The whole experience of marching from corner to corner, tapping furiously away on hand-held devices triggered memories of my favorite show, The Wire. In season three, the most powerful drug organization, the Barksdale gang, loses its profitable turf in the project towers. As they move in on the street corners, running street battles break out as rivals gun for access to the newly ground-level market. There's something of that in Ingress. Players earn experience and equipment in hacking portals a feature of the game that encourages constant turn-over. One of the easiest ways to advance in the game is to set up a portal in enemy territory, watch it taken down by other players and then gain a bonus from reclaiming it.
This is something happening world-wide. Players have access to an 'intel map' that shows portals available across the globe, blue and green lights spreading across the continent as more and more players begin to claim virtual territory. There is apparently a movement to fund an expedition to the South Pole to claim the site. At the moment 79% of the world has been claimed by the Resistance, which either says something about the relative organization of that faction or perhaps some subterranean need right not to buck authority.
Eventually my friends depleted their resources and body heat and we ended the raid. An entire swath of territory now belonged to the Resistance, at least until Enlightened could must enough people to reclaim the land.
Where can this game go? I watched real-time the perils inherent in the expansion of the game and a reminder more than a few bugs need working out before this gets too big. Google recently signed an agreement with Zipcar to have all of the company's lots appear in the game as portals and inadvertently triggered a game-breaking exploit. In addition to expanding the locations available for hacking, the blocks of license plates the company bought out represent in-game resources for obtaining better weapons and access keys to portals. With instructions written in English, Mandarin and Arabic, players used the liberated numbers to gain virtual rewards. I do not envy the employees of Niantic coming into work on Monday tasked with fixing a game now convulsed in a suddenly resource-rich battlefield.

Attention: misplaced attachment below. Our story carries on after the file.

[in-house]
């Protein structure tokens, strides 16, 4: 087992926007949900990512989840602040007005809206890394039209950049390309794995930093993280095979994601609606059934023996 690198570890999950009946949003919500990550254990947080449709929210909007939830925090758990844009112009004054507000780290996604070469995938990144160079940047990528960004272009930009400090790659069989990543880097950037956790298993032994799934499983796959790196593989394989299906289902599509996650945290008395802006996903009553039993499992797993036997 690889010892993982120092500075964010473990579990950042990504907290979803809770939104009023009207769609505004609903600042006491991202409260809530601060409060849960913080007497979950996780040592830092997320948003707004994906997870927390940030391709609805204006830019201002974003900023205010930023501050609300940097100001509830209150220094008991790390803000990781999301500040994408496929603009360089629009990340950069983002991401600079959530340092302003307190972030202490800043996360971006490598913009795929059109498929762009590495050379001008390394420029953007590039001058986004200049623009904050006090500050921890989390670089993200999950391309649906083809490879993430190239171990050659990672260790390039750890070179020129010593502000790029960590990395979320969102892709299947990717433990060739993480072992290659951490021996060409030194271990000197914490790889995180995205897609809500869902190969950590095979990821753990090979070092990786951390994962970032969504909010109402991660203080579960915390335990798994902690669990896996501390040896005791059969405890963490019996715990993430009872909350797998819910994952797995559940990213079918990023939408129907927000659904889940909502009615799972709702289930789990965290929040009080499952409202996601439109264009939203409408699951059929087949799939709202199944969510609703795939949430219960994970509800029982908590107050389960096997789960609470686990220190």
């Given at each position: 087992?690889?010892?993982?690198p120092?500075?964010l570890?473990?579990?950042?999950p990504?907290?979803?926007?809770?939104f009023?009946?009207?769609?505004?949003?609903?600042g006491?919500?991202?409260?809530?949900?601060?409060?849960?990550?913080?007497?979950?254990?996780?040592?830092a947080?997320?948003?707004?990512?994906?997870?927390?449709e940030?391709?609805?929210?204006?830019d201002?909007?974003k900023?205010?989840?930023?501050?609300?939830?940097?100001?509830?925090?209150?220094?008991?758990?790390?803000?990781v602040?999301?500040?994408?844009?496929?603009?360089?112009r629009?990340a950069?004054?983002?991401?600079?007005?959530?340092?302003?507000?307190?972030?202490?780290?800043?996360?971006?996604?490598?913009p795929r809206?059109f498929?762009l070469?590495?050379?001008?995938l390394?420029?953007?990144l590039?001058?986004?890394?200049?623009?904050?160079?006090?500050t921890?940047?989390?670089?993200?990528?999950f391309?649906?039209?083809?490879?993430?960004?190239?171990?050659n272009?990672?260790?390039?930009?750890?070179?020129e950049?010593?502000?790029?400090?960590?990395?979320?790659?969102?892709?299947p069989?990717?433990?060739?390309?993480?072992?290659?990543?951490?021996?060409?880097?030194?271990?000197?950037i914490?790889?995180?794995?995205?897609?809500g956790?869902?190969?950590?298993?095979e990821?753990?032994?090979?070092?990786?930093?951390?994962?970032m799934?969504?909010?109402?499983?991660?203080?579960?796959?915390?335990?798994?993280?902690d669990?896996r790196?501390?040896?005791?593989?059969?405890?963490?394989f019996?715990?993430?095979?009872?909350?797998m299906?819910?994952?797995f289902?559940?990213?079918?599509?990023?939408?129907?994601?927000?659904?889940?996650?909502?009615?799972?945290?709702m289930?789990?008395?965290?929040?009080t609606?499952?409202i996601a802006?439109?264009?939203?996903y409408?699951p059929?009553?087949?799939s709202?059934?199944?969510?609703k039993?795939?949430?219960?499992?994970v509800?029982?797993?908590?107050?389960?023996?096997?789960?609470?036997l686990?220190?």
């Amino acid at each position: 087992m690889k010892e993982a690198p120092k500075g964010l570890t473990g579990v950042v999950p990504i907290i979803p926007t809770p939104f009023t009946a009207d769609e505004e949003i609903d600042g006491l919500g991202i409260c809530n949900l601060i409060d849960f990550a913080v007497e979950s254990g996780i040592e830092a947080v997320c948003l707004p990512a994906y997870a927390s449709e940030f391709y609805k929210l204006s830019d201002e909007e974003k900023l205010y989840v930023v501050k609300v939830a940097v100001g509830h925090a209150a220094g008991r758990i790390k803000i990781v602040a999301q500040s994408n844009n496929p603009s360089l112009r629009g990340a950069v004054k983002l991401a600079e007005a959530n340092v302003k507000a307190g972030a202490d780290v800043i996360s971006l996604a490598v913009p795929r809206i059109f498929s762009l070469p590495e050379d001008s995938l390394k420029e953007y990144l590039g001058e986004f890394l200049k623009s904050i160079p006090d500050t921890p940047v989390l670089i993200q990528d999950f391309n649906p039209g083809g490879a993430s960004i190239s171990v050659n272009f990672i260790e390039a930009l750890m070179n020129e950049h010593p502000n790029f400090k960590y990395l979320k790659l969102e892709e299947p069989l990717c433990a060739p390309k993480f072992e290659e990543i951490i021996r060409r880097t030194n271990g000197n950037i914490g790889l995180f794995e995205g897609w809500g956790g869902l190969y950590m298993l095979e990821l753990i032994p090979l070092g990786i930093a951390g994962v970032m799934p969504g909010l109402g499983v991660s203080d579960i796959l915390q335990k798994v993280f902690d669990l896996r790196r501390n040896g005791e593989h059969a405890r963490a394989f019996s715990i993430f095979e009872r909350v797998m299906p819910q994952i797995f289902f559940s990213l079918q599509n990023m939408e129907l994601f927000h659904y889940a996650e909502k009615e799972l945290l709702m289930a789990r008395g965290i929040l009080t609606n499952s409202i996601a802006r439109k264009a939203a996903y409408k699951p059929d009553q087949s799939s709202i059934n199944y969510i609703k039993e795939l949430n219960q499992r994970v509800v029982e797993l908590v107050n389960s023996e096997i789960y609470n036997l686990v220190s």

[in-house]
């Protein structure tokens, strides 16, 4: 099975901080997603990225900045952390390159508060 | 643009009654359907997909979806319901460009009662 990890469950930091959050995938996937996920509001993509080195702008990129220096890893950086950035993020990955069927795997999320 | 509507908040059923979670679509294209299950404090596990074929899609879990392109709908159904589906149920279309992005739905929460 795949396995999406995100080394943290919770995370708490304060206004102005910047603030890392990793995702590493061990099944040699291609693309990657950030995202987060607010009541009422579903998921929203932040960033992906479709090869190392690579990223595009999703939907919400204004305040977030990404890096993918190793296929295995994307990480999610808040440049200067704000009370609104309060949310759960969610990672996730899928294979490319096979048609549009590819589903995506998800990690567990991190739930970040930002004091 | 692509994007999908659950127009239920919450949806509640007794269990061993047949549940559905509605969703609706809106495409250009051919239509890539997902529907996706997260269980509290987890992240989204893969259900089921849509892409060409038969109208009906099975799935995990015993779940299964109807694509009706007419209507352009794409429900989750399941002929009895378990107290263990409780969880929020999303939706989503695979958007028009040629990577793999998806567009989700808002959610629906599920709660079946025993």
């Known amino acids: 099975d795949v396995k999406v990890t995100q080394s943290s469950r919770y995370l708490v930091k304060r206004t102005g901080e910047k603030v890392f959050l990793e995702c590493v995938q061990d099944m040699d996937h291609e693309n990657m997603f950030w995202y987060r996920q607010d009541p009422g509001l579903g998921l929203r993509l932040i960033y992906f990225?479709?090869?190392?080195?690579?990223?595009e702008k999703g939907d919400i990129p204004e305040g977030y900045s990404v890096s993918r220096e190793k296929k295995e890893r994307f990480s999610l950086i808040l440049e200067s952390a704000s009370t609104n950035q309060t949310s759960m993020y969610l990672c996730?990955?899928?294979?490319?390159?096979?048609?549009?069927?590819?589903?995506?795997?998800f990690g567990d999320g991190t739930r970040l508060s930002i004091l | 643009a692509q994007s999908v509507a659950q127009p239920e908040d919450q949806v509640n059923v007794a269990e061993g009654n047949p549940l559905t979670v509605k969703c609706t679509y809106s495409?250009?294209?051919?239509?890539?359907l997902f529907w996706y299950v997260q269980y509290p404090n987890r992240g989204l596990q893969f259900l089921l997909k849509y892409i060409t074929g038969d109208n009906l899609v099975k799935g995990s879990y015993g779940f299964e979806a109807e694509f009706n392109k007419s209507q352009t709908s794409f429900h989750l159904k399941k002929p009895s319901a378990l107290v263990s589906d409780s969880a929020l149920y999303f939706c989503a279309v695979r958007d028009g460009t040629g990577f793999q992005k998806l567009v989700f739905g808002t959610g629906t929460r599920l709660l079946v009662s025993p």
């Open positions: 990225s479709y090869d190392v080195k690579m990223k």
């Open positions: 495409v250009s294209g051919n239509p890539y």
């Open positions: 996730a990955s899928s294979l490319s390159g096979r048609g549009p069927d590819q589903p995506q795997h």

After my first raid, I was left with a few more reactions to the ideas in the game. For one thing, I'd like to see more factions in Ingress: the simple duality of Enlightened versus Resistance leaves me somewhat cold. I would also like the philosophies of the factions to inform the game-play more fully. Choosing a faction should have more bearing on how the game works for a player. Also, as I mentioned, there is nothing conceptually different from a low-level player and a higher-level player besides their access to more powerful weapons and material. What if the label 'portal' was more than simply surface detail? What if by hacking a portal a player could virtually step into an alternate reality, either a horizon realm controlled by the player and his/her faction or even more exotically, the terrain of some other planet. After all, the surface area of Mars is roughly equivalent to the land area of Earth. If people are seriously considering an expedition to the South Pole to hack a portal, how cool would it be if they could conquer Olympus Mons or battle over Valles Marinaris. Why stop there? Throw in fictional worlds and players could restage the Battle of Pelanor Fields or the invasion of Hoth.